Book review: Disrupted: Dan Lyons v the startup bubble (at Hubspot)

Hubspot! Oh man. Photo by Steve Garfield on Flickr.

Dan Lyons book Disrupted: cover showing a startled unicornLord knows technology journalism needs Dan Lyons, who is – as one of his managers at the bizarre cult-like CRM-spam company Hubspot observed – “acerbic”. (Could have been worse: could have been “caustic”.)

For years, before and during and since his most famous creation, the Fake Steve Jobs blog, Lyons has been lampooning and criticising and generally getting up the noses of people who are too pompous about all this stuff. He sees that tech is important, but also that the people who bring it to us, who sell it to us, too often are hucksters who a century or so earlier would have literally been selling snake oil. He sees it, and he calls bullshit. (Here he was calling bullshit on a metric tonne of “tech journalism” back in 2012.)

You’re fired, hired, rewired

So when Newsweek fired him, out of the blue, as he was hitting his 50s, with a wife and two young children to support, journalism’s loss was going to be marketing’s gain. Wasn’t it? Lyons found a job at Hubspot, a company which basically legitimises email spam mixed with content farming, and where it feels – he feels – dammit, everyone feels – as though he was hired in order to pimp the company’s reputation as it prepared to ramp up towards a stock market flotation. Look, they hired Fake Steve! Wait, though – can you be in marketing if you’re acerbic? Aren’t they a kinda chalky-cheesy sorta thing? That nobody in Hubspot quite engaged with this question is a clue to the sort of company it is.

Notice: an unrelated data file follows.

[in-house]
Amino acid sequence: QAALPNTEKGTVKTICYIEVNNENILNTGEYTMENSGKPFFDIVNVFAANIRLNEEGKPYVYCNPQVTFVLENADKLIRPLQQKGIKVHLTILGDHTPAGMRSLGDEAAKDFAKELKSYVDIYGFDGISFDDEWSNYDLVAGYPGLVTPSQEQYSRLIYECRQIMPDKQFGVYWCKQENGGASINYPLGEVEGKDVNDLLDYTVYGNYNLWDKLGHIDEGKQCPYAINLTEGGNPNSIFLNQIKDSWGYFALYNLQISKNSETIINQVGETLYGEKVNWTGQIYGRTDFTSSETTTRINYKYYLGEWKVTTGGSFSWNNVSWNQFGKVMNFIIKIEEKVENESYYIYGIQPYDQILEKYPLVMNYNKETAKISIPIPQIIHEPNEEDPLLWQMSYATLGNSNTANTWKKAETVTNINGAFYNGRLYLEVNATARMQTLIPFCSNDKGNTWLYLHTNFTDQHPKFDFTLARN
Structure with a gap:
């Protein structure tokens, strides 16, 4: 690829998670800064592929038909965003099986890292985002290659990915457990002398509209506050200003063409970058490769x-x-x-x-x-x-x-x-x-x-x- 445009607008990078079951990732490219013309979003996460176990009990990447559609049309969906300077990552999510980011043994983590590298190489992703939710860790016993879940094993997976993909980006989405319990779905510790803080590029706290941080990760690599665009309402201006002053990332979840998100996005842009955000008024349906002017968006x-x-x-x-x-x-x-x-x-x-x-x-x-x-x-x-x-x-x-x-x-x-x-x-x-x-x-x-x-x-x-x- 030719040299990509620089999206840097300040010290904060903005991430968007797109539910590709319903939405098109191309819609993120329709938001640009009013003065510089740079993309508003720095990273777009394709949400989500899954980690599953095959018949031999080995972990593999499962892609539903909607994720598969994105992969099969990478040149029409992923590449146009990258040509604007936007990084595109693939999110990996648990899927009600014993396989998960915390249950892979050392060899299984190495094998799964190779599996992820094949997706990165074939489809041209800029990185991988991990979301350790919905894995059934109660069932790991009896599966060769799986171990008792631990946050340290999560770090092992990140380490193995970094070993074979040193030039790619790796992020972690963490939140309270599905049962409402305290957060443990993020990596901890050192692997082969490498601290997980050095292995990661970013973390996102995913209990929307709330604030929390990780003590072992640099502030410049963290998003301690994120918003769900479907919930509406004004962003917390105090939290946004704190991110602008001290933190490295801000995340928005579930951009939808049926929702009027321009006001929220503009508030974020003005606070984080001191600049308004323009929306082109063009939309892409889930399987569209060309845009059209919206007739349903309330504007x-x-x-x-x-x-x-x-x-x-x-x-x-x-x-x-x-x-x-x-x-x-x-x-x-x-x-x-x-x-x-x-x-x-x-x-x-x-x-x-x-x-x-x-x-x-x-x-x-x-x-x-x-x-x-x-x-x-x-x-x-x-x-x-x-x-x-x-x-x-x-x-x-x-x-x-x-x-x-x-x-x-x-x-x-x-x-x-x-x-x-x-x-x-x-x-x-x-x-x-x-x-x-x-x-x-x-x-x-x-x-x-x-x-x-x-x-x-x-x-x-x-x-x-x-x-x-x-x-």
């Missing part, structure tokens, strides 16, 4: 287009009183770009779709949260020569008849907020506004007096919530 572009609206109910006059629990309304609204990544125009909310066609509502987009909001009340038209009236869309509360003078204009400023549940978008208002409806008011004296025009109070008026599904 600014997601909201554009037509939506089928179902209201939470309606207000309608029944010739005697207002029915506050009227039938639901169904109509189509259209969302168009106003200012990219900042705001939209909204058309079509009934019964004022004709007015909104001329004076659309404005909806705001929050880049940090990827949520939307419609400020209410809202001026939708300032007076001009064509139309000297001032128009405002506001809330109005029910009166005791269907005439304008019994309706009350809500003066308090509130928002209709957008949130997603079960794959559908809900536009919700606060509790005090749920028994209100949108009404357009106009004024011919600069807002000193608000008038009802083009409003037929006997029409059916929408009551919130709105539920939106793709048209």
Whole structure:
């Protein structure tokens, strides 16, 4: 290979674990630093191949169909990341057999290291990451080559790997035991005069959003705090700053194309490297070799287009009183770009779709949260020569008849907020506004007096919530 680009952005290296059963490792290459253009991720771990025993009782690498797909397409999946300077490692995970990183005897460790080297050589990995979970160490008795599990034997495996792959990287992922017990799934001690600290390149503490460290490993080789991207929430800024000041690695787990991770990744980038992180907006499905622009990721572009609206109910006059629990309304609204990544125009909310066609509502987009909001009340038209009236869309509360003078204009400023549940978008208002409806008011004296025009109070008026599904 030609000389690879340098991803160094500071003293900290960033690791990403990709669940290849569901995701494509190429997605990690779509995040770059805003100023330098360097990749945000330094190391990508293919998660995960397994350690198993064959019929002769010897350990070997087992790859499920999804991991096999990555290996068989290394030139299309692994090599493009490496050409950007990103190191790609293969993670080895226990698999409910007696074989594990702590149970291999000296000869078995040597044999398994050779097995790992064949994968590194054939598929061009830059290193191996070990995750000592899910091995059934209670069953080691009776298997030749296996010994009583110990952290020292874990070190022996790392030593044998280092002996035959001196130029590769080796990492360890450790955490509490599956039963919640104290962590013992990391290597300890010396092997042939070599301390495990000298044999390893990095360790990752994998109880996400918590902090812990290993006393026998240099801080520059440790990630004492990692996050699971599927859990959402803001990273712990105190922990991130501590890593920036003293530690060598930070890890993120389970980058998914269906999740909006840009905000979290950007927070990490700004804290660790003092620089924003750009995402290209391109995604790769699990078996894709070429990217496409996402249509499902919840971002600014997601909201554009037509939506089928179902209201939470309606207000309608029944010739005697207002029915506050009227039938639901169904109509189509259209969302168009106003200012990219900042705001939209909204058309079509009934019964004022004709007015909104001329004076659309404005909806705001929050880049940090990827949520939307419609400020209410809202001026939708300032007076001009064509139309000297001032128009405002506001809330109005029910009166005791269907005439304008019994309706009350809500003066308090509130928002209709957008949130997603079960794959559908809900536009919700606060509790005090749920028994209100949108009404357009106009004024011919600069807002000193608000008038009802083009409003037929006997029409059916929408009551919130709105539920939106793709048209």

Lyons’s account of his experiences is by turns hilarious, scary, thoughtful, and insightful. It begins with his first day where literally nobody seems to be expecting him, through the dysfunctional middle management, to the dysfunctional upper management (two top people greenlight one of his ideas, which is then completely denied by everyone below; Lyons made the fatal error of not having a fourth person in the room to witness the greenlighting). There’s the ridiculous language (when someone is fired or quits, the company says they’ve “graduated”) and yippy-yi-yay upbeat jargon. The ultimate irony, or contradiction, or paradox – pick all that apply – is that a company which allegedly sells software that means you don’t have to chase sales leads (because with their blog software, the sales leads come to you!) has a huge boiler room of just-graduated recruits hammering the phone lines to small businesses, trying to sell them exactly that software.

Sometimes it’s just the little details that are best. I was literally gasping for breath and crying tears of laughter when reading about the idiocy of the Blog Topic Generator, where you put in three nouns and get inspirational ideas for blog post topics, created by someone who thought Miley Cyrus was the shiznizz. Of course, it’s only as inspirational as your nouns; the nurse who used it early on to try to create topics for Cervical Cancer Awareness Month got

As Lyons recalls:

“These headlines are so good I want to print them out in 72-point headline face and paste them on the wall. The BTG is never spoken of again. But it remains online because, as one manager tells me, if they take it down that might hurt [BTG creator] Ashley’s feelings. Six months later Ashley gets a promotion.”

The BTG is indeed still online. I started with “flatulence”, “fisting”, “Miley Cyrus” and discovered it also accepts quite long phrases – I tried “the guy who is shagging his secretary”, “the woman who had the breast augmentation” and “Fuckwit McFuckface from Sales”. You’re welcome.

Hubspot suggestions
“Why we love crack cocaine (and you should, too!)” deserves some sort of prize, no?

(And just pause a moment to consider the idiocy of those templates. “What Will X Be Like In 100 Years?” Who cares? Isn’t it obvious that we’ll all be dead?) For Lyons, the divide is thus irrevocably drawn between the old, acerbic journalist who has seen ships go down with all hands, and the new-to-work marketing drones who must be protected from criticism because, apparently, their egos are so fragile. It’s a Rubicon of sorts.